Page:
There is, however, a train of symptoms so frequent, so insidious, so fruitful with agony of mind and body, that we shall mention them particularly. They illustrate, at once, how all-important is close observation, and how significant to the wise physician are trifles seemingly light as air.

If you notice a girl of fourteen or sixteen, who, in walking, always gives one arm in preference to the other to her companion; if, in sleeping, she mostly lies on the same side; if, in sitting, she is apt to prefer a chair with a low back, and throws one arm over its back; if you perceive that she always sits with one foot a little in advance of the other; if she, on inquiry, confesses to slight, wandering pains in one side of her chest,—do not chide her for awkwardness. These are ominous portents. They mean spinal disease, than which a more fearful malady is hardly known to medicine.

Not less stealthy is the approach of disease of the hip-joint, of white swelling of the knee, of consumption,—all curable if taken in hand at the very first, all well-nigh hopeless when they have once unmasked their real features.

Apart from these general dangers, to which those of thoroughly sound constitutions are not exposed, there are disorders called functional, to which all are subject.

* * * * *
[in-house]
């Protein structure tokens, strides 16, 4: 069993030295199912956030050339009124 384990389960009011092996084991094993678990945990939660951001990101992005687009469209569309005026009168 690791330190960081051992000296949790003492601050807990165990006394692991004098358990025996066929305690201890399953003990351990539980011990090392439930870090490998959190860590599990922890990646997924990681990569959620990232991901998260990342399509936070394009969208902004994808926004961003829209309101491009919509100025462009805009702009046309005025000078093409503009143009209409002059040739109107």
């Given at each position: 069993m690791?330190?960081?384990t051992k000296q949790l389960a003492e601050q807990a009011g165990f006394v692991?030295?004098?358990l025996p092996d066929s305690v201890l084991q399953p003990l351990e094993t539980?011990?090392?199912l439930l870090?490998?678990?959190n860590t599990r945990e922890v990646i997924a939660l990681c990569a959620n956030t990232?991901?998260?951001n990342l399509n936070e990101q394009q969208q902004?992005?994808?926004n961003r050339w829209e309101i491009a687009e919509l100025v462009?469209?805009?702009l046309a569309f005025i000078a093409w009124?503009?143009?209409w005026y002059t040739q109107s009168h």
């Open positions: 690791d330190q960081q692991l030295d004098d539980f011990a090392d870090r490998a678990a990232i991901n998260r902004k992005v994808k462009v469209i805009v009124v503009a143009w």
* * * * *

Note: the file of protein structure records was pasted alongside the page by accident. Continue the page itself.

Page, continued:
When we speak of the 'green sickness,' we mention perhaps the most common of all, and one of which every mother has heard. Doctors call it chlorosis, which also means greenness; for one of its most common and peculiar symptoms is a pale complexion with a greenish tinge.

It never occurs except at or near the age of puberty, and was long supposed to be merely an impoverishment of the blood. Now, however, we have learned that it is a disease of the nervous system, and one very often confounded by physicians with other complaints.

Its attack is insidious. A distaste for exertion and society, a fitful appetite, low spirits,—these are all the symptoms noticed at first. Then, one by one, come palpitation of the heart, an unhealthy complexion, irregularity, dyspepsia, depraved tastes,—such as a desire to eat slate-pencil dust, chalk, or clay,—vague pains in body and limbs, a bad temper; until the girl, after several months, is a peevish, wretched, troublesome invalid.